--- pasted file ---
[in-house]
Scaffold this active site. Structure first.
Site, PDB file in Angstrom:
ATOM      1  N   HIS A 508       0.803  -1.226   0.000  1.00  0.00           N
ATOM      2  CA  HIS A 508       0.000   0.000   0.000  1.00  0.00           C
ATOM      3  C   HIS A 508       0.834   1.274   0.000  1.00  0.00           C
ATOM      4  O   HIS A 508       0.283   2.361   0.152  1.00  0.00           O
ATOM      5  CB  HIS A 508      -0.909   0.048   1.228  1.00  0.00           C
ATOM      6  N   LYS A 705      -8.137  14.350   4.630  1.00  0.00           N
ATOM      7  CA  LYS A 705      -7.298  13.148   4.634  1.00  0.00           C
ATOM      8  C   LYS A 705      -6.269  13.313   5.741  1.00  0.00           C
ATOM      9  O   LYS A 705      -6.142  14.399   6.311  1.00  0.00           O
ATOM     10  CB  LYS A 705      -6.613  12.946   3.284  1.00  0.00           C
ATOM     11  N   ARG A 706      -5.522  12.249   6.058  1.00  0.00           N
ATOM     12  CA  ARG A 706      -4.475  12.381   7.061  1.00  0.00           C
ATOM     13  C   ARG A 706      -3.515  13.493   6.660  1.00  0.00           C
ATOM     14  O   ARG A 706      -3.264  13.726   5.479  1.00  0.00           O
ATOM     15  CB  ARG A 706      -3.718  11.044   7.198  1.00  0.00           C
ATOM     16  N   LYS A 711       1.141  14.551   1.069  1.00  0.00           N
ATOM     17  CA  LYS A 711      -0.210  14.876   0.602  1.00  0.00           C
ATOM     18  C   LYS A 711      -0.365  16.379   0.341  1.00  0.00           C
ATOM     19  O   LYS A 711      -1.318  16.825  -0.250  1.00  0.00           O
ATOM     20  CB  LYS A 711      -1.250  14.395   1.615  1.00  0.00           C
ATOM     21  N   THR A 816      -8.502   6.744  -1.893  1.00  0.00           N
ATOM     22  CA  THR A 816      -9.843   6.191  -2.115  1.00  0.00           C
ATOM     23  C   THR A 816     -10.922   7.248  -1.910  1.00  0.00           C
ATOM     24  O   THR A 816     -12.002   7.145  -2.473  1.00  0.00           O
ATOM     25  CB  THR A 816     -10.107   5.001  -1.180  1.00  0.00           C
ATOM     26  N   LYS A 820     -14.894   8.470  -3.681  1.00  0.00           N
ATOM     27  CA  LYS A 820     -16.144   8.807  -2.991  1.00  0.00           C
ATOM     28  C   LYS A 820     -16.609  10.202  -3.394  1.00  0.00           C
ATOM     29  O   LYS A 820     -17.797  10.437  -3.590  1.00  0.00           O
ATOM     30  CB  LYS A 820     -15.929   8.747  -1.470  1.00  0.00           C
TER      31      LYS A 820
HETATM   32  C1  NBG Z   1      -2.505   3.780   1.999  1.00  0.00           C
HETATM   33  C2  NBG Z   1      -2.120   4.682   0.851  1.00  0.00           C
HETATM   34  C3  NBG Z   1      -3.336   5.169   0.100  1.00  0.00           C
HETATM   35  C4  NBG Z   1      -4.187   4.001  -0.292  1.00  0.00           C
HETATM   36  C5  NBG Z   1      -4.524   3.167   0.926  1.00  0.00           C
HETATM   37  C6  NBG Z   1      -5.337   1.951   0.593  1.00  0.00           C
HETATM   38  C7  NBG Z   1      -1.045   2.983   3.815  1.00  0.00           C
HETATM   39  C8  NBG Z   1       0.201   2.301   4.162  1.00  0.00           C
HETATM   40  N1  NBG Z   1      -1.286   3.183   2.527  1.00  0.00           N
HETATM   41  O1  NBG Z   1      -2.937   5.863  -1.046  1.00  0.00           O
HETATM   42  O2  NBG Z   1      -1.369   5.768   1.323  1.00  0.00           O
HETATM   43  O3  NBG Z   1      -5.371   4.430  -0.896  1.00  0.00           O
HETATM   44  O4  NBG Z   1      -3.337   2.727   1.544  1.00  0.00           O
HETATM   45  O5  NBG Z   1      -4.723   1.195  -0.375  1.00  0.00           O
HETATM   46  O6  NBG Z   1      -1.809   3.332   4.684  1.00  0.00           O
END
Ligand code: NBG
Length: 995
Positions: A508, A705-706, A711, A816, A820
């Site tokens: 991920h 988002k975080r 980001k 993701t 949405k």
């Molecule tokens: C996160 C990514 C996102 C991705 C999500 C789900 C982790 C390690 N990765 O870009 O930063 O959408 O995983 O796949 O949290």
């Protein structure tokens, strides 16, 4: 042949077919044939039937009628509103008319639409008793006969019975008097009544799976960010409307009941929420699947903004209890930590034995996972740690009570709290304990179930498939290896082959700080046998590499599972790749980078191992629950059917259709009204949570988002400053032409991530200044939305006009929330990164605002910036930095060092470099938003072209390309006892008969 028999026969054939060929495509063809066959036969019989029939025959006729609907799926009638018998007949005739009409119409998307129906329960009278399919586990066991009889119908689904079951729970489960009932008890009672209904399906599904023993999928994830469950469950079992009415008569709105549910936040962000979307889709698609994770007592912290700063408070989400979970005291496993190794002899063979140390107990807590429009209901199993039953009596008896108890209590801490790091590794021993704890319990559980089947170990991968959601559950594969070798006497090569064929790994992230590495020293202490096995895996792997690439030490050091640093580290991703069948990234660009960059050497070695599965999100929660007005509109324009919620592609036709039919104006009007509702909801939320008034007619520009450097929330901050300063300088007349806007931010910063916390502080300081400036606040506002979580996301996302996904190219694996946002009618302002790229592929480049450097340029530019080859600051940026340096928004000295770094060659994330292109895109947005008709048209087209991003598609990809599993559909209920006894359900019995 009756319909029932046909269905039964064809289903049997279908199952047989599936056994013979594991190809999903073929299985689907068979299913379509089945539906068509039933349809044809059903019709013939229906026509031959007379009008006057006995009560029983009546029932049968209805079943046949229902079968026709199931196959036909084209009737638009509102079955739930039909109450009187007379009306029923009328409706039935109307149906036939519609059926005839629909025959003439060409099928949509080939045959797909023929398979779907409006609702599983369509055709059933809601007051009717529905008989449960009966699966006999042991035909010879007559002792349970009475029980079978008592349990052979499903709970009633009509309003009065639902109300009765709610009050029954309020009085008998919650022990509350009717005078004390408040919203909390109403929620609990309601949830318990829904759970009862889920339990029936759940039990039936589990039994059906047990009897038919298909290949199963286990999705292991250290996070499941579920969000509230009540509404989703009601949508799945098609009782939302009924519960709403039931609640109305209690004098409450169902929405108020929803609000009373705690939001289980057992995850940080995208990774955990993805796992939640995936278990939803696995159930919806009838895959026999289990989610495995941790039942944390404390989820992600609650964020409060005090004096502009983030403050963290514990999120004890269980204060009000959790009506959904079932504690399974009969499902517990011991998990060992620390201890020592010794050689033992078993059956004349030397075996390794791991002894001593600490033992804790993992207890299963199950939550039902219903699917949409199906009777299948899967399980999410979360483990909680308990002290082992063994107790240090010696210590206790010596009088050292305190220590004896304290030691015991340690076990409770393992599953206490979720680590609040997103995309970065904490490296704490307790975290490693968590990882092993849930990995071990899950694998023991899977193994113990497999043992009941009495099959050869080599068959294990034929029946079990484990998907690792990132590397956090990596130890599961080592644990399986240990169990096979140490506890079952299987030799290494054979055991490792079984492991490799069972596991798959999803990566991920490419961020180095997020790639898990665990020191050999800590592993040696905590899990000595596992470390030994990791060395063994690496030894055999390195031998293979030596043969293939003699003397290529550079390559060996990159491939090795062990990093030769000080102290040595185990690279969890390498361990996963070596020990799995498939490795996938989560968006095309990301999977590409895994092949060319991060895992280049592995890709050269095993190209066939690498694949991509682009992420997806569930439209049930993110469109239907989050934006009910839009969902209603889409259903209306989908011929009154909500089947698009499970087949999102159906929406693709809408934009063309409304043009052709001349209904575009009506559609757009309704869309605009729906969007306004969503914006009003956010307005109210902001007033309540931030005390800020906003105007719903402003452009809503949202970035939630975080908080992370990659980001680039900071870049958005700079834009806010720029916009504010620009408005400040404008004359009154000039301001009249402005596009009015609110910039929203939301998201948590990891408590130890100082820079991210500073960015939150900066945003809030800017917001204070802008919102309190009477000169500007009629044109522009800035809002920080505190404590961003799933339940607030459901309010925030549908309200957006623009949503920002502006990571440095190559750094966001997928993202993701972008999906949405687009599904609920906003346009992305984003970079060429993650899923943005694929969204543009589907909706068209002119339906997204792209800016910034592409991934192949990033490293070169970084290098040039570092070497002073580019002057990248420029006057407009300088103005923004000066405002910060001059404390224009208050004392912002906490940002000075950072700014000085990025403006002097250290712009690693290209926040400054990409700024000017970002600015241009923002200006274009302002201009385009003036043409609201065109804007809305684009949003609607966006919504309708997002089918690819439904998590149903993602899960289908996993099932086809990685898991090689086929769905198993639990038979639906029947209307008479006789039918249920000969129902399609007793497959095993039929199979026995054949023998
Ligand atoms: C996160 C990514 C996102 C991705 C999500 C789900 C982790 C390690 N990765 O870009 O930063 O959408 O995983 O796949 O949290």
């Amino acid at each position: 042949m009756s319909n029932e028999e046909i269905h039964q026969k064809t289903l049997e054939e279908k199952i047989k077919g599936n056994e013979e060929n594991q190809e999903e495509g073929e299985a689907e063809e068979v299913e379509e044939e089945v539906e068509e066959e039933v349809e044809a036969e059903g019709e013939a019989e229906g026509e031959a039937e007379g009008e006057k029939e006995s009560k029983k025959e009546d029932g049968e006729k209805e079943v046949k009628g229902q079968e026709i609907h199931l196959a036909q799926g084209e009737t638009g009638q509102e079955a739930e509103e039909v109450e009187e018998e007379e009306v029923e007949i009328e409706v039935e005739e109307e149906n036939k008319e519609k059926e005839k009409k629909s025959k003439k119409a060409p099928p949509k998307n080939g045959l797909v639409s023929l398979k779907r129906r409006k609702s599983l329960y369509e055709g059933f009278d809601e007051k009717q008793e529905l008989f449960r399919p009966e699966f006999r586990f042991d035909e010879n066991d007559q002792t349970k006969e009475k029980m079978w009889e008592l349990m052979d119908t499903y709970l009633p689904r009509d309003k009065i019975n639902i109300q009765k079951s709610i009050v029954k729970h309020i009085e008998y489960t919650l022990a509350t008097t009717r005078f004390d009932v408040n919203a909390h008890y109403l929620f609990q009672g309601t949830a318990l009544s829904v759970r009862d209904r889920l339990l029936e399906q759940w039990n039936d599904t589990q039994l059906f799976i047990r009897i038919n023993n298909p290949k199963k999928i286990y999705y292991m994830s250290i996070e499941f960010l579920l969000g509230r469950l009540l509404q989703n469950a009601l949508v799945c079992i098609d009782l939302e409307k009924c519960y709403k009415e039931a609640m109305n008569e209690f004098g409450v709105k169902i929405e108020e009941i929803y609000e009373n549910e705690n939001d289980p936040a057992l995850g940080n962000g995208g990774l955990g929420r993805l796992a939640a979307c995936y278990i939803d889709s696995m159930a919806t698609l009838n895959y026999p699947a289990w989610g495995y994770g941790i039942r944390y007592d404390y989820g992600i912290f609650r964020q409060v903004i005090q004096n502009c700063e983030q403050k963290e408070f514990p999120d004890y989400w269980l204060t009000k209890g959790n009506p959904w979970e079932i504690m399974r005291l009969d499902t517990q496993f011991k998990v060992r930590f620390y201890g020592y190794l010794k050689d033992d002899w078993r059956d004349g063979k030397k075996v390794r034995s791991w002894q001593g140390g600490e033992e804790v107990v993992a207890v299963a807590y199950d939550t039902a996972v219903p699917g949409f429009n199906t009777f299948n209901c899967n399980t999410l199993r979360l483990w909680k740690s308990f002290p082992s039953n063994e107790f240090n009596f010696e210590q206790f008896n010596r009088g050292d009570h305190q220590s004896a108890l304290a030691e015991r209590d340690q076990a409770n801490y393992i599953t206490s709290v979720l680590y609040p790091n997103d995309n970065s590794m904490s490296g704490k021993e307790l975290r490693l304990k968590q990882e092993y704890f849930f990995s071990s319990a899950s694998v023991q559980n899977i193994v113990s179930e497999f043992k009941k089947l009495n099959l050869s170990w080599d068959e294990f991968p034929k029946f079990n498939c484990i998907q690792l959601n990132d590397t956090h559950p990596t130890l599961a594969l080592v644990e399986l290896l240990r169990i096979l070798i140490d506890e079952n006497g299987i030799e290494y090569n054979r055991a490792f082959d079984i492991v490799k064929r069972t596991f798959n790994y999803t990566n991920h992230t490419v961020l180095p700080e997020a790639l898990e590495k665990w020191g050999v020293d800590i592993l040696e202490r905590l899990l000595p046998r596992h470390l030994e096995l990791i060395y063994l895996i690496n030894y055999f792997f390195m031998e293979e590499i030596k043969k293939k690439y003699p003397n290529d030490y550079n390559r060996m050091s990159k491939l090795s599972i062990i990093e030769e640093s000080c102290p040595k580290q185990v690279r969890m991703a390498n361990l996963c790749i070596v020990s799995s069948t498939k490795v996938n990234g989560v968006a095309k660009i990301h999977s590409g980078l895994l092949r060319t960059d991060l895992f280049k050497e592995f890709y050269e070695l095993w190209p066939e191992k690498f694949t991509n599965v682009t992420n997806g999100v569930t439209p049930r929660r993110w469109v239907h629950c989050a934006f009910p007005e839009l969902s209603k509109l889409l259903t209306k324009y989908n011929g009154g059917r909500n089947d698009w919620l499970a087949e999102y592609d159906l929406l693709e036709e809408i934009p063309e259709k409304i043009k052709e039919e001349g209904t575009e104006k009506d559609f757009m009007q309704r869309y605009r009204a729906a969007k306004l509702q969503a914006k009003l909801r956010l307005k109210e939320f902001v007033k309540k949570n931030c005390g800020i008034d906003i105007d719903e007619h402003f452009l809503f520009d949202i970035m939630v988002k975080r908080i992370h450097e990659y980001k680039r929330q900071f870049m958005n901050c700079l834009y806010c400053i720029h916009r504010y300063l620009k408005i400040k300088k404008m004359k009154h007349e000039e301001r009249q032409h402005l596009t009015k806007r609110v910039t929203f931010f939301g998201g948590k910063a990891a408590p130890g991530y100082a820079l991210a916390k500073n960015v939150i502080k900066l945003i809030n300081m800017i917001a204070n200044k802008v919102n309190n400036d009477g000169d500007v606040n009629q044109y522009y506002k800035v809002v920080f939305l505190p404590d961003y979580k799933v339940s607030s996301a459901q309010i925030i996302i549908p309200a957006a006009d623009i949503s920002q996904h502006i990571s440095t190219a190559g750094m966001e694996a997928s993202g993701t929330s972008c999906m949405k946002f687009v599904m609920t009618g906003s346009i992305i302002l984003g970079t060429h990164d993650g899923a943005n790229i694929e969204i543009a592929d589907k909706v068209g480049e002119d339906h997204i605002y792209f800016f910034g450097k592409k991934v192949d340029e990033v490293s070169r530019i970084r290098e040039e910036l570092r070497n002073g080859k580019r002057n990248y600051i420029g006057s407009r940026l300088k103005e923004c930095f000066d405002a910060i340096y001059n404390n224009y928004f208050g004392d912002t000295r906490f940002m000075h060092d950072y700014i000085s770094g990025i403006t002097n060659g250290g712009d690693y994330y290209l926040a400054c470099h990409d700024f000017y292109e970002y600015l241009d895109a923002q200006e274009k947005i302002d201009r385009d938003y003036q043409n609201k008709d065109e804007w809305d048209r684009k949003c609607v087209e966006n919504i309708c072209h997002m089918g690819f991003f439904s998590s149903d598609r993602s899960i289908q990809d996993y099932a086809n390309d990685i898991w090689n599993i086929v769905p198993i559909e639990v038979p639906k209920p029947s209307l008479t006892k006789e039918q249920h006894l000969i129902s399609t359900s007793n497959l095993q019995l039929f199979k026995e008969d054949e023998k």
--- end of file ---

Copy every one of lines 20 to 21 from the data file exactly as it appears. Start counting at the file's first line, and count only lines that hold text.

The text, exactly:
ATOM     17  CA  LYS A 711      -0.210  14.876   0.602  1.00  0.00           C
ATOM     18  C   LYS A 711      -0.365  16.379   0.341  1.00  0.00           C